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Col. George H. Covode

George Hay Covode (August 19, 1835 – June 25, 1864) was a Pennsylvania merchant and a colonel of cavalry in the Union Army during the American Civil War.

Early life[]

Born in Covodesville, Pennsylvania, Covode was the oldest son of John Covode, a U.S. congressman and staunch abolitionist. In his youth, George Covode was noted for his athletic proportions, being tall and well built and peculiarly fitted for the hardships of military life. He was educated in Ligonier Academy and Elders Ridge. After he left school, he engaged in mercantile pursuits for some years, but not with much success. In 1858, he married Annie Earl of Somerset County, Pennsylvania, who died a few months after their marriage. He remarried a few years afterwards to Bettie St. Clair Robb, a granddaughter of Arthur St. Clair, a major general in the Continental Army and the ninth President of the Continental Congress. The two had one child, Sarah.

Civil War[]

At the start of the Civil War in 1861, Covode enlisted as a private in Company D of the 4th Pennsylvania Cavalry, raised in Ligonier Valley, Pennsylvania. During the election of officers, he was chosen as first lieutenant. The company was soon transferred to Camp Campbell near Soldiers' Home in Washington, D.C.. Covode was later promoted to captain of the company, and on March 12, 1862, to major as the 4th Pennsylvania was moved rapidly to the front.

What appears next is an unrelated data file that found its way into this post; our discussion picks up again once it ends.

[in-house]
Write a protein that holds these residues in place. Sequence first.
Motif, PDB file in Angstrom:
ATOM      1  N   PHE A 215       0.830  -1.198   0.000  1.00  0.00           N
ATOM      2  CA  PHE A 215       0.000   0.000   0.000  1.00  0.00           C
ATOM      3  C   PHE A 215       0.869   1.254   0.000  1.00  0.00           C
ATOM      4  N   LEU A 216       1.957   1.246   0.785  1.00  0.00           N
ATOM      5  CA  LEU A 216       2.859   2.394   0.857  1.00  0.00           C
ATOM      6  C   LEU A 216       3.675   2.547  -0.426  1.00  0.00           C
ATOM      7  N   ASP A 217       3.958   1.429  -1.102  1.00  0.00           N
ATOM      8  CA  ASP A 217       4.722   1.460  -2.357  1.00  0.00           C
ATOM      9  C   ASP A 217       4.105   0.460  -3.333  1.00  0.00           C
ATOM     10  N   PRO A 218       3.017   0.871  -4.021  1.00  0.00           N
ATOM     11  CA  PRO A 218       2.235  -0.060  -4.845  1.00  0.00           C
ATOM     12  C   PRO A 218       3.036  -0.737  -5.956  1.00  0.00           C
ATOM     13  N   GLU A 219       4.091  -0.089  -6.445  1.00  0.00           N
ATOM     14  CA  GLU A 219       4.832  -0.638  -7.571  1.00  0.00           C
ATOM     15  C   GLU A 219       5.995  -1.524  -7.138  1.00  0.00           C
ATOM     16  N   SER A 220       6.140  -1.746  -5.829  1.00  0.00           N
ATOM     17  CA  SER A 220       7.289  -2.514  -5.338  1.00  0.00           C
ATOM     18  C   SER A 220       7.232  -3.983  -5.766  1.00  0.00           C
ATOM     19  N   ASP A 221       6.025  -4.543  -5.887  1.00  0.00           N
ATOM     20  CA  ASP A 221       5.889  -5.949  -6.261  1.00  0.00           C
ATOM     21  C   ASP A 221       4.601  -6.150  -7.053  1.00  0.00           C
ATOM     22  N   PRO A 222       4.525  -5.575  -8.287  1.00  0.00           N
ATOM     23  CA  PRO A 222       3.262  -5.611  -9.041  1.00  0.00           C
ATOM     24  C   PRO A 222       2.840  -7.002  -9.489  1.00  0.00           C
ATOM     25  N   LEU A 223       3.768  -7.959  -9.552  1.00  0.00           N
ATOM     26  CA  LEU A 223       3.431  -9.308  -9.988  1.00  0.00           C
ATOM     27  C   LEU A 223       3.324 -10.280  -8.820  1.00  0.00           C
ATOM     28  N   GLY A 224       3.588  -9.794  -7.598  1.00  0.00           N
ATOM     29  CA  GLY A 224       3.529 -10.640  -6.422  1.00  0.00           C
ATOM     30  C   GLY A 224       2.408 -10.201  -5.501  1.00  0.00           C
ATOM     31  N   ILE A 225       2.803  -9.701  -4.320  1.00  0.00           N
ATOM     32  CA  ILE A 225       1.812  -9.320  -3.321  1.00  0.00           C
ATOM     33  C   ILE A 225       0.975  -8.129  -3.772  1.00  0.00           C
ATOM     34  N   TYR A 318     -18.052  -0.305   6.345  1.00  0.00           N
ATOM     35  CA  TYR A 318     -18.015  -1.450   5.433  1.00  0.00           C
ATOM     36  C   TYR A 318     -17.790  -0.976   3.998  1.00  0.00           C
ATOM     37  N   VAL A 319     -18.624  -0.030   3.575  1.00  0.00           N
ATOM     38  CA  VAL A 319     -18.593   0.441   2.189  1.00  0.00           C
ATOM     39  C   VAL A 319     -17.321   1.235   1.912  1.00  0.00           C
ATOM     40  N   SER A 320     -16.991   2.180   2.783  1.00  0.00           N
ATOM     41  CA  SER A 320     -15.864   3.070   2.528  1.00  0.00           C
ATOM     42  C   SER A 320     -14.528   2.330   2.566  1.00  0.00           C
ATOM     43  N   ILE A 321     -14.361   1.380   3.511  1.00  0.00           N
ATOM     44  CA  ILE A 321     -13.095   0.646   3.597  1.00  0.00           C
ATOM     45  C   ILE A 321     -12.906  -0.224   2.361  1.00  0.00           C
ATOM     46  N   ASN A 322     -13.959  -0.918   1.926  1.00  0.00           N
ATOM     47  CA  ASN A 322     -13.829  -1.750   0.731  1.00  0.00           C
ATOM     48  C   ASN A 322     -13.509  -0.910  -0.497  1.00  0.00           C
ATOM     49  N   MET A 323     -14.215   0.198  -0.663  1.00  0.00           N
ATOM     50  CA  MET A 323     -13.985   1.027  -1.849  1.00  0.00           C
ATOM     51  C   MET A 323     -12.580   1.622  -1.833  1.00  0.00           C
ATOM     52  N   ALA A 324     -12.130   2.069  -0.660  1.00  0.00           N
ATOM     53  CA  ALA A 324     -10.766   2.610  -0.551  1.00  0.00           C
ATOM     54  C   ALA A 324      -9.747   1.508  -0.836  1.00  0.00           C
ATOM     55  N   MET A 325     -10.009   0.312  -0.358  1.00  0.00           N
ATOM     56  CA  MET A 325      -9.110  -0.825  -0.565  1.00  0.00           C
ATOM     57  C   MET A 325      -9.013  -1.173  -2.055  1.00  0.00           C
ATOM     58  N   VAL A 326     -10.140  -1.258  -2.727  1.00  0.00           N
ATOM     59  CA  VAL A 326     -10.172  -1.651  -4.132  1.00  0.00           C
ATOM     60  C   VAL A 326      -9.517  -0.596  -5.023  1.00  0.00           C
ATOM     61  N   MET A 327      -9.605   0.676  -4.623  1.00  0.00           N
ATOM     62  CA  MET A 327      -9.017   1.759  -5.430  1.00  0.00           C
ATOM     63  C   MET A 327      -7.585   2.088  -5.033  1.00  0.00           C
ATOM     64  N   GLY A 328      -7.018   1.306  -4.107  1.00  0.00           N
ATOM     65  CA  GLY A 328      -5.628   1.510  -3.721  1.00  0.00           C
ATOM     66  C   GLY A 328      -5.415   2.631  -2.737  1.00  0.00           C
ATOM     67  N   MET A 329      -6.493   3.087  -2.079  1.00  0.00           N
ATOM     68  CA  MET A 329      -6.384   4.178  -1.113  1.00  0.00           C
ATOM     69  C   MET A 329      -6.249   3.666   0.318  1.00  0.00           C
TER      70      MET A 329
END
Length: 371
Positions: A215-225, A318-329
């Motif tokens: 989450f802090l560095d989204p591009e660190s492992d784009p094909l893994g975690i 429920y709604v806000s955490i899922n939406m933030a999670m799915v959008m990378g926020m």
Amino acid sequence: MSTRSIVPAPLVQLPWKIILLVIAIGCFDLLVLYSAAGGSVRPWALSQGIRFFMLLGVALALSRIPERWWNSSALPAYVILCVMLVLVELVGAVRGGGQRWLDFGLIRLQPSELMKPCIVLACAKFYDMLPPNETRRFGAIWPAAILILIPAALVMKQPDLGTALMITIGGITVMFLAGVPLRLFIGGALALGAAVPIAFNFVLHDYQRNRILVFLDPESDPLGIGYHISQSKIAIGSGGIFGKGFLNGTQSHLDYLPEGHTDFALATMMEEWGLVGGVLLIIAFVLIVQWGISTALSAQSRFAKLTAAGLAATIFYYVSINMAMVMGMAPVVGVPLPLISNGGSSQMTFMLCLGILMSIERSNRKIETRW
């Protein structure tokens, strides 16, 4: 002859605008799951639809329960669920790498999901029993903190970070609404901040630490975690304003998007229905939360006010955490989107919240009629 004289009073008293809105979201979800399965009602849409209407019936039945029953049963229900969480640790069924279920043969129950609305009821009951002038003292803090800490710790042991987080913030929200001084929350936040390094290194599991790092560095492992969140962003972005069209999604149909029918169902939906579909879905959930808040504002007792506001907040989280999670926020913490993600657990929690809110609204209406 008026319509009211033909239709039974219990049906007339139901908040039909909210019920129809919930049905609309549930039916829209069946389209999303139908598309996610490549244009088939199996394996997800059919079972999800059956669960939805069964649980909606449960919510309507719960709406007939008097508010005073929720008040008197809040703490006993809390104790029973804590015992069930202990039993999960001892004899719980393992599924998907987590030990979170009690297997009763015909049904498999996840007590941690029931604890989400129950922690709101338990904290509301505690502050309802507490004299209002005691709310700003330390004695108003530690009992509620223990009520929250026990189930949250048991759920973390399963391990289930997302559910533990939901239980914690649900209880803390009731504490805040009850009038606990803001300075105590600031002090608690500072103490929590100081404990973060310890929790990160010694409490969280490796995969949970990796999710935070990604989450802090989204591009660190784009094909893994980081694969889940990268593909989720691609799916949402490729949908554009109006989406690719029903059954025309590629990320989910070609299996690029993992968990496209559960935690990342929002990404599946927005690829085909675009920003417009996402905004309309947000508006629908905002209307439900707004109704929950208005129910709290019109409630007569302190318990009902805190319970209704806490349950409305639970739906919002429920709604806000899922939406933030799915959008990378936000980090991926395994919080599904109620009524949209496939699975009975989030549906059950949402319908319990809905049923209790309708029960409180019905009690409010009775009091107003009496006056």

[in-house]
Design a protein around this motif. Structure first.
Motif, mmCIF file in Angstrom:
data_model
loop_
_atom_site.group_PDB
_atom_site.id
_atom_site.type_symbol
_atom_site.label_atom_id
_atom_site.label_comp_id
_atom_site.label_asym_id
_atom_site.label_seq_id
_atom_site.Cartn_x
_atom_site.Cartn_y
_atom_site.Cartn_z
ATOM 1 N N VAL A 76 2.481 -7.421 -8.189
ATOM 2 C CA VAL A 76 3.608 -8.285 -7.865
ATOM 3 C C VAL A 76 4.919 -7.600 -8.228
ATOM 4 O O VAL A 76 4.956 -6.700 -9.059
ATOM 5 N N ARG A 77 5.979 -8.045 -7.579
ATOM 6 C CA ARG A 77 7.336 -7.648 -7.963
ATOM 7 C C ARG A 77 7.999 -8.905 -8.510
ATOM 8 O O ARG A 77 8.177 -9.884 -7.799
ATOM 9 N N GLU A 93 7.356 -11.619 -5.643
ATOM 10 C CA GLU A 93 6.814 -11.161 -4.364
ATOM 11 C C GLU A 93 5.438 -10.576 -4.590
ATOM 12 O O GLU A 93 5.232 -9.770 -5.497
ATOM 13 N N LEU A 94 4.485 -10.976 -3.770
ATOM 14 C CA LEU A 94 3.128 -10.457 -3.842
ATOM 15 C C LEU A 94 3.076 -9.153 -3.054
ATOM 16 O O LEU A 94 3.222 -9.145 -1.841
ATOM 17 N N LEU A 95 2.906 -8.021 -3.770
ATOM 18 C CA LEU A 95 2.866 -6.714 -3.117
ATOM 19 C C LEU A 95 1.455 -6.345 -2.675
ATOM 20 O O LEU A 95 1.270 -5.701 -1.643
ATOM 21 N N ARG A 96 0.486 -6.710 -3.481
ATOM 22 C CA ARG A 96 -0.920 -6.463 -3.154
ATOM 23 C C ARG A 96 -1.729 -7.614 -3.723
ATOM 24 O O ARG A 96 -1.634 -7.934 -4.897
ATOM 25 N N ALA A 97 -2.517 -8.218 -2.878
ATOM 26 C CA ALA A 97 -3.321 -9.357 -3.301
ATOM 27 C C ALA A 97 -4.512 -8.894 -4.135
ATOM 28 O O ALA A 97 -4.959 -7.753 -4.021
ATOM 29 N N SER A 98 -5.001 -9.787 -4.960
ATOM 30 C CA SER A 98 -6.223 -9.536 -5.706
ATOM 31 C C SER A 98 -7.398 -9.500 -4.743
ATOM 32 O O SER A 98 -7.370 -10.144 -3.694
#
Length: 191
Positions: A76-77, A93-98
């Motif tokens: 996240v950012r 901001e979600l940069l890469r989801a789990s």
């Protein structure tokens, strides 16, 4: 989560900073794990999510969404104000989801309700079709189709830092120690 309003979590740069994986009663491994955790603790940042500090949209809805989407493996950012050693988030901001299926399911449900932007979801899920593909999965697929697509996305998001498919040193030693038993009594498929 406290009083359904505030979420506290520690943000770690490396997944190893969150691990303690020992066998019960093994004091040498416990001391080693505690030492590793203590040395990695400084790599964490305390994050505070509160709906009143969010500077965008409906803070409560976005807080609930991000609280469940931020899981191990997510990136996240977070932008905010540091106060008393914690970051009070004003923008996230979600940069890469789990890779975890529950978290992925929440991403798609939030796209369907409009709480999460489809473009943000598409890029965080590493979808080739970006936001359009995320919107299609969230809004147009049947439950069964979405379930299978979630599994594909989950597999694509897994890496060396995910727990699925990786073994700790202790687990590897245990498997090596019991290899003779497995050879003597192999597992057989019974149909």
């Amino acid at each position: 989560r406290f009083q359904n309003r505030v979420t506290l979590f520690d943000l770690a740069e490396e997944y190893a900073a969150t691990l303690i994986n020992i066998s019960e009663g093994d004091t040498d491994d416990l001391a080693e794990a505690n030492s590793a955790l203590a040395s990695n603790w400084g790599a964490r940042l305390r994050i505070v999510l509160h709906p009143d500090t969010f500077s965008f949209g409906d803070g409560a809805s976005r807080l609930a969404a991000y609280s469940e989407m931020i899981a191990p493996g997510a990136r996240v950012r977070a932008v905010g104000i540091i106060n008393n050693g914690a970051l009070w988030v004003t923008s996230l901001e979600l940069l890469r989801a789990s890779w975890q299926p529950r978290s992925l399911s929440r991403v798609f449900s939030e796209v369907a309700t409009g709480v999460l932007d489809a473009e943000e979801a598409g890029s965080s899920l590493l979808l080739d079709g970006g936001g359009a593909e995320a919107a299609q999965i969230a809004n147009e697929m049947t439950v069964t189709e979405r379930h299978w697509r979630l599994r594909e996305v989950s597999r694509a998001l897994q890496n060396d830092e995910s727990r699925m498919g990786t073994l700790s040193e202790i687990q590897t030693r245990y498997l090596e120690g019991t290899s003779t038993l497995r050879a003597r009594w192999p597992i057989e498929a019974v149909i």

Covode and his men marched to Yorktown, Virginia, and soon saw action in the battles of Malvern Hill and the Second Bull Run. During the fall of 1862, the regiment was encamped on the north bank of the Potomac River near Hancock, Maryland, but soon participated in the fighting at Antietam, and later at Fredericksburg.

In 1863, Covode fought at Chancellorsville, Gettysburg and others. On one occasion in Falls Church, Virginia, Covode and his troops were entirely surrounded by the Confederate troops, but dashing against them he used his sword so skillfully that he opened a way for his men to follow and all escaped. His strength made him a power in hand-to-hand contests of this kind, but in addition he was almost without any personal fear. In camp life, he was described as jovial and was always unusually good natured.

He was promoted to lieutenant colonel on December 8, 1863, and was made a full colonel on May 28, 1864.


Covode was known to be very near-sighted, which caused trouble for him in identifying people at a far distance. On June 24, 1863, while in command of a brigade in Virginia, he mistook some Confederate skirmishers for his own troops and rode toward them. He discovered his mistake too late and, as he was turning to ride away, he was shot in the arm and stomach by an enemy volley. In the retreat, he was left within the enemy lines and died a few hours later.

He was interred in West Fairfield Cemetery in Westmoreland County, Pennsylvania.

See also[]